Microsoft's "i'm Making A Difference" campaign looks to get college students using Windows Live Messenger by donating a share of ad revenues generated by the instant messaging client. A word of mouth component of the campaign was executed by RepNation to target college students.
Causes and college campuses go hand-in-hand, which made it a natural venue for Microsoft's "i'm Making a Difference" campaign, where users of Windows Live Messenger can select one of nine charitable organizations to give a share of ad revenues. To gain students' attention, word of mouth marketing firm RepNation enlisted 70 college students as ambassadors on 35 campuses to craft their own campaigns under the i'm initiative.
The nine causes are the American Red Cross, Boys & Girls Clubs of America, National AIDS Fund, National Multiple Sclerosis Society, ninemillion.org, Sierra Club, Stopglobalwarming.org, Susan G. Komen for the cure, and U.S. Fund for UNICEF. The designated charity will receive a portion of ad revenues each time a person in the program has a conversation using Windows Live Messenger. Microsoft has pledged to donate at least $100,000 to each participating organization, though donations may exceed the minimum amount depending on the success of the program.
Each ambassador was given a budget and asked to craft a strategy or marketing plan targeting individuals or groups of people. "College students are activists, and are really able to pinpoint [student] interests whether they be on Facebook, or meetings on campus," said Brandon Evans, managing director and partner at RepNation Media. "It taps into an interpersonal communication network."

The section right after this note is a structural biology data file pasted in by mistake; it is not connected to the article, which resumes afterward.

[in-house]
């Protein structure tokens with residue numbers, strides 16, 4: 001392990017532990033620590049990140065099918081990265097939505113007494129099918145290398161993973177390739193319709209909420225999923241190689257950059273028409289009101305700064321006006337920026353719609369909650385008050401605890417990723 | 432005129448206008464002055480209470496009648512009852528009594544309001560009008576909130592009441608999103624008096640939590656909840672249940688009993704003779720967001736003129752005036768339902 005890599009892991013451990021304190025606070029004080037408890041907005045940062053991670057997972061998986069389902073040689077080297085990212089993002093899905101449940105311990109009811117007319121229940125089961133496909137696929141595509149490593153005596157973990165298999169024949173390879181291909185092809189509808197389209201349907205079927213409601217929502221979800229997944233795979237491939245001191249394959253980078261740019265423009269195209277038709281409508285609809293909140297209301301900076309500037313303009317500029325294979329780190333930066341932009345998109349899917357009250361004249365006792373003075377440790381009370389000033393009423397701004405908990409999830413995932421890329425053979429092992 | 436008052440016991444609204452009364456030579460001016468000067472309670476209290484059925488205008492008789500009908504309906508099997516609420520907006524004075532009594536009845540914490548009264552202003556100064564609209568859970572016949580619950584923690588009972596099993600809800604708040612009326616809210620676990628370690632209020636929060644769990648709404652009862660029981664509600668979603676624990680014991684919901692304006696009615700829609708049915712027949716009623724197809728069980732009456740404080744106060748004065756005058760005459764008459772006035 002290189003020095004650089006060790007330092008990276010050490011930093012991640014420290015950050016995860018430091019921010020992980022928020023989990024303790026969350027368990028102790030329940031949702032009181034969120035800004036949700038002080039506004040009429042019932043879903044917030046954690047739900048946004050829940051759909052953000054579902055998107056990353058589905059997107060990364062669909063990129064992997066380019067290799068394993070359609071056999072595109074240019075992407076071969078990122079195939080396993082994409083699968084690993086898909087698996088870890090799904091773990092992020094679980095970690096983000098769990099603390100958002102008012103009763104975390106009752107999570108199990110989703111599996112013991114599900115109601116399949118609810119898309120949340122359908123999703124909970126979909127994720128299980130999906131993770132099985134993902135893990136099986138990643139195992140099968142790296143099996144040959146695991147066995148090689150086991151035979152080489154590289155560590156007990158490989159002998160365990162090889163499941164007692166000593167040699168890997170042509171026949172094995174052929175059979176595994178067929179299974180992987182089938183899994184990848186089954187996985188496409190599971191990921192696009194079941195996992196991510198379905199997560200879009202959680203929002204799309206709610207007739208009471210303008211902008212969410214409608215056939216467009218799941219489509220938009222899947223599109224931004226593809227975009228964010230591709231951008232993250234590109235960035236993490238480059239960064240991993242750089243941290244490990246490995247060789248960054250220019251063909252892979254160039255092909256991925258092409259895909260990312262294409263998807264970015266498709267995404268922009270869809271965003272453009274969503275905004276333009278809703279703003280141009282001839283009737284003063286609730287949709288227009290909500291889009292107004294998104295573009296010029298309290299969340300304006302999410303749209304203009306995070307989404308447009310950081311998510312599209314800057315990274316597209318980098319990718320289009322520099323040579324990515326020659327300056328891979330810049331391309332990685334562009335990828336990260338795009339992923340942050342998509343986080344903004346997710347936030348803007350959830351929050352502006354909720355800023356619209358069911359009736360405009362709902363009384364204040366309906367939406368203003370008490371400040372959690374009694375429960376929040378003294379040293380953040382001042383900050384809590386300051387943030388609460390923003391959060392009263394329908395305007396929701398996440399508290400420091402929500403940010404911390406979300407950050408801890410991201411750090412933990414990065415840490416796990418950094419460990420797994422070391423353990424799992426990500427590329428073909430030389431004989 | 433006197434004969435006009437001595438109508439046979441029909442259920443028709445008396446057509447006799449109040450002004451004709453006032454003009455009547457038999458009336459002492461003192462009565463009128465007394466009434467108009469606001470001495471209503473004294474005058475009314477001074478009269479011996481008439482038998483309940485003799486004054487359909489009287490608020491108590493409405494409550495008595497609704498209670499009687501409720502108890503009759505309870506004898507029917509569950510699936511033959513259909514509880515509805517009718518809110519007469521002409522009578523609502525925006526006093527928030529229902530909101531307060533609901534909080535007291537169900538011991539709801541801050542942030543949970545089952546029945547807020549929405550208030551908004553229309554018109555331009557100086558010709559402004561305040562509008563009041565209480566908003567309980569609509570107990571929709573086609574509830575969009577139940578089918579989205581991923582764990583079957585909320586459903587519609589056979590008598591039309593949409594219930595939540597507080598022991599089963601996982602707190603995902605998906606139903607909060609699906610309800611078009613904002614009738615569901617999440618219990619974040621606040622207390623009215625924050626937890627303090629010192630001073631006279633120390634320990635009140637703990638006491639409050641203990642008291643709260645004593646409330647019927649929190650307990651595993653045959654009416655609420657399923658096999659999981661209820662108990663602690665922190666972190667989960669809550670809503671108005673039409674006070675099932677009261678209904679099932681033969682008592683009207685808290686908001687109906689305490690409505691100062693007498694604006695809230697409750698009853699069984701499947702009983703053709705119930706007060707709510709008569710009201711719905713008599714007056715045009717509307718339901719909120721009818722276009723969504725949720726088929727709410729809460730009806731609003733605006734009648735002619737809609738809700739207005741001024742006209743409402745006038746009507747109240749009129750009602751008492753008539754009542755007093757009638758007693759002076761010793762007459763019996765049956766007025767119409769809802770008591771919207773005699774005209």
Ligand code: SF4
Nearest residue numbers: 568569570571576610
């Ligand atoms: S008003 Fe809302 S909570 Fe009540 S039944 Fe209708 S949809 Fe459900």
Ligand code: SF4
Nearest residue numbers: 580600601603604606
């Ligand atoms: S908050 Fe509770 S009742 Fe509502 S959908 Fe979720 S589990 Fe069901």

Some ambassadors chose to partner with the campus chapters of the organizations benefiting from the program. One partnered with a Stopglobalwarming.org event; a representative at University of Pennsylvania teamed up with the efforts of a walk for the Susan G. Komen foundation; and another took part in a Red Cross blood drive. Apart from partnering with beneficiary events, ambassadors organized campus and local radio promotions using Windows Live Messenger, and one held a contest in select dormitories with RA sponsorship. Evans reported ambassadors gave class presentations.
"Each student came back with really great programs," said Tara Kriese, senior product manager of Windows Live Messenger at Microsoft. "It really helps, because instant messenger is a social tool, a way to communicate with other individuals. It makes sense for the Repnation [ambassadors] to be working with groups and individuals, having conversations with their friends to help great causes."
The college focus of the campaign executed by RepNation, which runs through the end of the current semester, is part of a larger campaign created by McCann Erickson, Microsoft's agency of record. The i'm Making a Difference campaign is about 80 percent online.
While Microsoft's community affairs group, which is responsible for a portion of the corporation's philanthropic activities, didn't have a direct affect on the campaign's charitable goals, the Windows Live Messenger department did work closely with community affairs to pull off the mission.
Microsoft recently announced a separate initiative to give University of Pennsylvania students access to certain Live programs to promote usage and adoption of its platform while aiding students with their studies and social life.
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